At 1:43 Vinayokon placed both her hands deep into Carol Kent's belly and withdrew holding Baby Boy Kent, whose tiny body and limbs were dwarfed by her gloved hands.
The baby lay immobile on Kent's chest as the umbilical cord was clamped off and cut. Vinayakon then handed the infant off to Jackie Verburg, one of the two nurses present to care for the infant.
Pedraca and his team immediately began suctioning yellowish secretions out of the baby's lungs, and Verburg used a minute swab to take a culture from the baby's throat on the assumption that he, like his mother, has an infection.
"It's not real good," said nurse Polly Watkins, who listened to the baby's heartbeat as the team worked.
Pedraca and Dr. Hsuan C. Huang, like Pedraca a neonatologist -- a specialist in the care of newborns -- had some difficulty forcing into the infants' throat a tube to help his feeble breathing.
But then, as Ulma and his team concentrated on Carol Kent -- success. "You're in!" Watkins told the doctors as she used her stethoscope to listen to the baby's breathing.
"How's the baby?" asked one of the nurses.
"Looks good so far," said Watkins at 1:47.
Three minutes later, with the baby bundled into a heated infant transporter, the nursery team began the trip to the 5th floor Infant Intensive Care Unit, one floor above the operating room.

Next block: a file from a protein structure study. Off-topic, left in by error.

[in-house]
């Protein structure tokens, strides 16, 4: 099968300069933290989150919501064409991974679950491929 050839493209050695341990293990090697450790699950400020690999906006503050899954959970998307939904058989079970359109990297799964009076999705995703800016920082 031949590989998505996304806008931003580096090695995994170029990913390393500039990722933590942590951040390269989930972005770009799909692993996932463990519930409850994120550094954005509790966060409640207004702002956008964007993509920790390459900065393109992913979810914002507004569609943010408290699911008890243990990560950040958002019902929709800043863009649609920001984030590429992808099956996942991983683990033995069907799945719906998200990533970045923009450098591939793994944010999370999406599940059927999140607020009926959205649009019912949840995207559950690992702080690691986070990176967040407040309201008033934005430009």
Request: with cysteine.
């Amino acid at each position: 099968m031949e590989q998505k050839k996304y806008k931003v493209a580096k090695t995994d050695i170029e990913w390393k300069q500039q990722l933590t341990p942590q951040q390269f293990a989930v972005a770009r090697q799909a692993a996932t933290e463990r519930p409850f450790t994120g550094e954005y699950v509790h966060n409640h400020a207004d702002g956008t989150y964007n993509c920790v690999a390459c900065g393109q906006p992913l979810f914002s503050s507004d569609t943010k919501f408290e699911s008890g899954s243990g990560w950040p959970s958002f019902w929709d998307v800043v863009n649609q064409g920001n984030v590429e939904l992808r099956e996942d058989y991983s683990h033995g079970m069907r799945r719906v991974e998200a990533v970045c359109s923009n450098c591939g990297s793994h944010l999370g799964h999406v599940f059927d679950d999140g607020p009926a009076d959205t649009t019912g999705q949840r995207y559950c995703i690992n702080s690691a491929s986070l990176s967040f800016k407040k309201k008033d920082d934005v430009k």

Four minutes later Baby Boy Kent was wheeled in the door of the nursery to the oohs and ahs of the staff.
"She's big!" said one nurse.
"She's a nice baby!" called another.
"He! HE!" said Verburg, as she took the infant off the scale after announcing the two-pound, three-ounce weight -- a good weight for a baby of about 27 weeks' gestation.
Eighteen minutes after the baby was brought into the nursery, he had had a new tube placed in his throat and was breathing with the aid of a respirator. As his mother had done earlier, he lay on his back, his eyes closed, his life maintained by mechanical devices.
Aside from occasional movements in his tiny legs or doll-like hands, he lay still. But his color was quite pink, a sign that he was receiving enough oxygen.
"He's been very stable since birth," Pedraca said. His lungs "sound pretty good for a baby this size."
Within the next 10 days, Pedraca said, the nursery staff will learn whether the baby's lungs are sufficiently developed for him to survive and whether he will survive his mother's infections.
As Pedraca spoke of the infant, the mother was being wheeled along a 4th floor corridor back to her cubicle in the Surgical Intensive Care Unit.
When Carol Kent entered the hospital early in August, she was first placed in the psychiatric unit with a diagnosis of severe depression.
But doctors determined the next day that Kent, the mother of a 15-month-old child, had a malignant tumor, a discovery that has done little thus far to save her. A series of intensive radiation treatments apparently reduced the size of the tumor, which was as large as a chicken egg when first discovered.
There were no family members waiting for the 16-year-old in the intensive care unit, just members of the staff who have been caring for her. As he finished adjusting some of Kent's lines, Heron said, "She's essentially back to where she was before the delivery, which is not to say great."